Potential difficulties could result from improper placement of instructions, unclear and imprecise language, print size inappropriate for the visually impaired or poorly translated or outdated instructions, the agency says in recently published guidance. Such concerns qualify as adverse events, the agency adds.
The guidance focuses on reusable devices for diagnosis, monitoring, improved function and emergency services. In vitro diagnostic medical devices are not included.
The guidance, which is directed at facilities and providers, stresses that manufacturers are ultimately responsible for how their products are used and will be held accountable for IFUs that don’t consider the user’s knowledge and training.
The guidance offers examples of situations that may occur with poor IFUs and training. In one instance, the MHRA received reports of incorrectly assembled respiratory therapy devices where an expiratory pathway wasn’t provided, ultimately resulting in lung injury.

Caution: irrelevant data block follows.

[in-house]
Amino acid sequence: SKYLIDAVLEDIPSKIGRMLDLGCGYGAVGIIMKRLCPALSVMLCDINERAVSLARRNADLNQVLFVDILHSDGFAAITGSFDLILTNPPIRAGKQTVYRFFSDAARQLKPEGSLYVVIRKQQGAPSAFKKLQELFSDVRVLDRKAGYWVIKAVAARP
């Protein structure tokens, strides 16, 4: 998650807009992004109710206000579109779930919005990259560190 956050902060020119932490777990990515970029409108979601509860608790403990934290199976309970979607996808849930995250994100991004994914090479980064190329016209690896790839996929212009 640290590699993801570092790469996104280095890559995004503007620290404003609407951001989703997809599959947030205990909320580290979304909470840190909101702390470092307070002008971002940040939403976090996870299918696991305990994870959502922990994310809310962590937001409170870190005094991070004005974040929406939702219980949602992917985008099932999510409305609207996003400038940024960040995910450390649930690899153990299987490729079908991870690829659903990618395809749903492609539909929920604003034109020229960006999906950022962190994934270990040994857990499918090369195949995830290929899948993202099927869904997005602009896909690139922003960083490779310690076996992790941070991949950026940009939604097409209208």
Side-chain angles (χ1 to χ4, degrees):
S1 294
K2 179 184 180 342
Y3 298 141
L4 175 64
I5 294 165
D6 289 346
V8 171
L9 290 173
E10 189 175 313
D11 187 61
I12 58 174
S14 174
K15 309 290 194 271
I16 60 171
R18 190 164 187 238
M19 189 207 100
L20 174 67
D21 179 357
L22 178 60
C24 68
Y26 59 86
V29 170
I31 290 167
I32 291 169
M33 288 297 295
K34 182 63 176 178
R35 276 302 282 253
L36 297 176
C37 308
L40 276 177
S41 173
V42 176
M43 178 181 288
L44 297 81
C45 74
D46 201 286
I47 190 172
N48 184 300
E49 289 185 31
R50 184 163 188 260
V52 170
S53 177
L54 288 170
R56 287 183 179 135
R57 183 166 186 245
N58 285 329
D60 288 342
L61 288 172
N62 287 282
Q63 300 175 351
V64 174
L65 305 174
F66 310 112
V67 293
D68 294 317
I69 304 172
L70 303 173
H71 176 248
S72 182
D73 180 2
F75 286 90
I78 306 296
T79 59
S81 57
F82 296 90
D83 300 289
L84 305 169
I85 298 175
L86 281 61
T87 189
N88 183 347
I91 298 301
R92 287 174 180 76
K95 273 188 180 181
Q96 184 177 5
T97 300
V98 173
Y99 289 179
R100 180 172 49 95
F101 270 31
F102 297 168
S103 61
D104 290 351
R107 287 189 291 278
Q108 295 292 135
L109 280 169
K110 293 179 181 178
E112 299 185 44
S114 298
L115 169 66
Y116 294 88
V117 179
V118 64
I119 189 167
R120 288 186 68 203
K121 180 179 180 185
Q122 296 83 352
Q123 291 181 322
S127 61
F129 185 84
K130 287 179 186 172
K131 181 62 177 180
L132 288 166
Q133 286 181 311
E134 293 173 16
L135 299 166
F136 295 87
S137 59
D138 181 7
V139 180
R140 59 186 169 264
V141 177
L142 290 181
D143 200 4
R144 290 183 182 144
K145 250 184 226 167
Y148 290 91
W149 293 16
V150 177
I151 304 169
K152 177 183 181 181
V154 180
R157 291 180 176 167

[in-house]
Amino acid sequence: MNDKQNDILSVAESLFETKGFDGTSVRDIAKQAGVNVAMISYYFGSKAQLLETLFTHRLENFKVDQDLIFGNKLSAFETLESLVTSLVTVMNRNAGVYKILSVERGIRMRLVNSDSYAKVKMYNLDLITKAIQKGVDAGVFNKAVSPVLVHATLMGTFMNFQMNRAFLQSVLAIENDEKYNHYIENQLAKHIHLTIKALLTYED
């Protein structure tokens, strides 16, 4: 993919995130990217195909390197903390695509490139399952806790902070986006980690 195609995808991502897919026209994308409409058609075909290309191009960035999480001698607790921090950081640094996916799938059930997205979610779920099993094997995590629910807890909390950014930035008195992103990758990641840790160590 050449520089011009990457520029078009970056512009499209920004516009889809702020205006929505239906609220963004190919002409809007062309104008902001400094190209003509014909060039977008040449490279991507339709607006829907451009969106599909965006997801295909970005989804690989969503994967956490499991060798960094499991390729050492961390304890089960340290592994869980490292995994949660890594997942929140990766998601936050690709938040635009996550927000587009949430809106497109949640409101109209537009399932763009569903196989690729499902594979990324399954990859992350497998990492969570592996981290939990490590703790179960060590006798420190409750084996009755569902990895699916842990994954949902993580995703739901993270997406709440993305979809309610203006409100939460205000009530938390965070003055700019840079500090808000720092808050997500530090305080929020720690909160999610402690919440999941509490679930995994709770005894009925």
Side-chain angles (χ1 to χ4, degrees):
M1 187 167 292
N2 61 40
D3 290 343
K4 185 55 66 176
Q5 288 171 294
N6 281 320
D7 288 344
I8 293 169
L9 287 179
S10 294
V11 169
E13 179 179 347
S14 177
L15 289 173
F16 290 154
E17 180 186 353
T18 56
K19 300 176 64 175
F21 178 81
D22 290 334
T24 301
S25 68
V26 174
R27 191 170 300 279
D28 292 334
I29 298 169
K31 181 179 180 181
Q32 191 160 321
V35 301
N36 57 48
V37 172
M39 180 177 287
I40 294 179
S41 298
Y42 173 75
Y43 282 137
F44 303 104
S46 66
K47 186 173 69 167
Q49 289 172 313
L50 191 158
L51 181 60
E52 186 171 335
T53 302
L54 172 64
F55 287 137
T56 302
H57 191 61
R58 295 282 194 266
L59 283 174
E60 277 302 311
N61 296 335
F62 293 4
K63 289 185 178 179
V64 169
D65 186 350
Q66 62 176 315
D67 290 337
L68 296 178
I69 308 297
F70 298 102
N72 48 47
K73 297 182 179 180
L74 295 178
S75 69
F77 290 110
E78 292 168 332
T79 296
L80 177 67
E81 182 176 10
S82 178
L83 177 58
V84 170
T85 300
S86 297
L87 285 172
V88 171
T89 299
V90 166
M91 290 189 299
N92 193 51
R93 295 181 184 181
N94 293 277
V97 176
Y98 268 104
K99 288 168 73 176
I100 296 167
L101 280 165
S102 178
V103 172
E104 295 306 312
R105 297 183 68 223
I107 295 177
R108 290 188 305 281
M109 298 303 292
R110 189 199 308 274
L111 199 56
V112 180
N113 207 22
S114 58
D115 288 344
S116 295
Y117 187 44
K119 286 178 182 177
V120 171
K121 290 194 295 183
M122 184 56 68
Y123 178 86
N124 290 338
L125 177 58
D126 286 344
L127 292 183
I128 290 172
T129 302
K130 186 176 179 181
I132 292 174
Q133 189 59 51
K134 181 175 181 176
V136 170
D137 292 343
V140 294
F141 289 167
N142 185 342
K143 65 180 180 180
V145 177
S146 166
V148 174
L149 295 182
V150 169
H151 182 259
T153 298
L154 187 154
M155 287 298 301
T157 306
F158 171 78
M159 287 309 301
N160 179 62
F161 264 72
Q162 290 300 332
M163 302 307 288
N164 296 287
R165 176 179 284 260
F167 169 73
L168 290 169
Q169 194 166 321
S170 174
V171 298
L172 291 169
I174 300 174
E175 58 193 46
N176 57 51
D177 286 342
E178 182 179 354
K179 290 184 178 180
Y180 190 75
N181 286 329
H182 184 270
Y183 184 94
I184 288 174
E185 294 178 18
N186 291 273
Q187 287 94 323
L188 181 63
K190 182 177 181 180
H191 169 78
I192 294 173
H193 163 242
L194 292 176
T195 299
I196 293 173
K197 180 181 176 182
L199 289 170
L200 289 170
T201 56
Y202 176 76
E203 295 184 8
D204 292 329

In another case, after a “cut and push” technique was used to remove an endoscopic gastrostomy tube through the skin, a remnant lodged in the patient’s small bowel, resulting in death. The manufacturer’s instructions recommended only endoscopic removal of the PEG tube. The agency advised that when endoscopic removal wasn’t feasible, appropriate risk assessment and patient follow-up should be done.
Manufacturers should provide all necessary information on storage, pre-use checks, maintenance and cleaning of devices, the MHRA says. Special instructions may also be required to cover systems where devices are used with other devices — such as connecting a blood analyzer to a computer for automatic updating of patient data.